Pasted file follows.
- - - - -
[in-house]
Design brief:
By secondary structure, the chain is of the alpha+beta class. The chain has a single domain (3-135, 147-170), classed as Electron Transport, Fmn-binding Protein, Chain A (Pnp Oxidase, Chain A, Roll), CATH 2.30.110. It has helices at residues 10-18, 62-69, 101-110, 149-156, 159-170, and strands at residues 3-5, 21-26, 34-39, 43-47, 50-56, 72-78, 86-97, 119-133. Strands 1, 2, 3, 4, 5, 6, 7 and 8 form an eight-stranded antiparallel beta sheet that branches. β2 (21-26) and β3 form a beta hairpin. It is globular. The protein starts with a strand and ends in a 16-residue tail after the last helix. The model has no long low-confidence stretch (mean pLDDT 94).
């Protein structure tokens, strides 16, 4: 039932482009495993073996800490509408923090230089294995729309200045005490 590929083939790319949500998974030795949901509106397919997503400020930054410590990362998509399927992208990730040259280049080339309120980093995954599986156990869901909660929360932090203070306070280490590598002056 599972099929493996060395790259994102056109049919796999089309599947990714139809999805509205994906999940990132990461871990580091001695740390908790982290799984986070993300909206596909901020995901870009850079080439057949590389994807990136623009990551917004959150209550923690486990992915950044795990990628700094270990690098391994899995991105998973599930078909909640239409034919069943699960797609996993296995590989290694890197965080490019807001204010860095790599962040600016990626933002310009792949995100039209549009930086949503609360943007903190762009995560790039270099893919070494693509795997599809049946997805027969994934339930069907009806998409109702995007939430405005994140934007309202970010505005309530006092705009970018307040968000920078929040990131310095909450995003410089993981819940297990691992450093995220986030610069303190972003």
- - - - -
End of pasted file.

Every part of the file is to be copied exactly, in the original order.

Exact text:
[in-house]
Design brief:
By secondary structure, the chain is of the alpha+beta class. The chain has a single domain (3-135, 147-170), classed as Electron Transport, Fmn-binding Protein, Chain A (Pnp Oxidase, Chain A, Roll), CATH 2.30.110. It has helices at residues 10-18, 62-69, 101-110, 149-156, 159-170, and strands at residues 3-5, 21-26, 34-39, 43-47, 50-56, 72-78, 86-97, 119-133. Strands 1, 2, 3, 4, 5, 6, 7 and 8 form an eight-stranded antiparallel beta sheet that branches. β2 (21-26) and β3 form a beta hairpin. It is globular. The protein starts with a strand and ends in a 16-residue tail after the last helix. The model has no long low-confidence stretch (mean pLDDT 94).
């Protein structure tokens, strides 16, 4: 039932482009495993073996800490509408923090230089294995729309200045005490 590929083939790319949500998974030795949901509106397919997503400020930054410590990362998509399927992208990730040259280049080339309120980093995954599986156990869901909660929360932090203070306070280490590598002056 599972099929493996060395790259994102056109049919796999089309599947990714139809999805509205994906999940990132990461871990580091001695740390908790982290799984986070993300909206596909901020995901870009850079080439057949590389994807990136623009990551917004959150209550923690486990992915950044795990990628700094270990690098391994899995991105998973599930078909909640239409034919069943699960797609996993296995590989290694890197965080490019807001204010860095790599962040600016990626933002310009792949995100039209549009930086949503609360943007903190762009995560790039270099893919070494693509795997599809049946997805027969994934339930069907009806998409109702995007939430405005994140934007309202970010505005309530006092705009970018307040968000920078929040990131310095909450995003410089993981819940297990691992450093995220986030610069303190972003």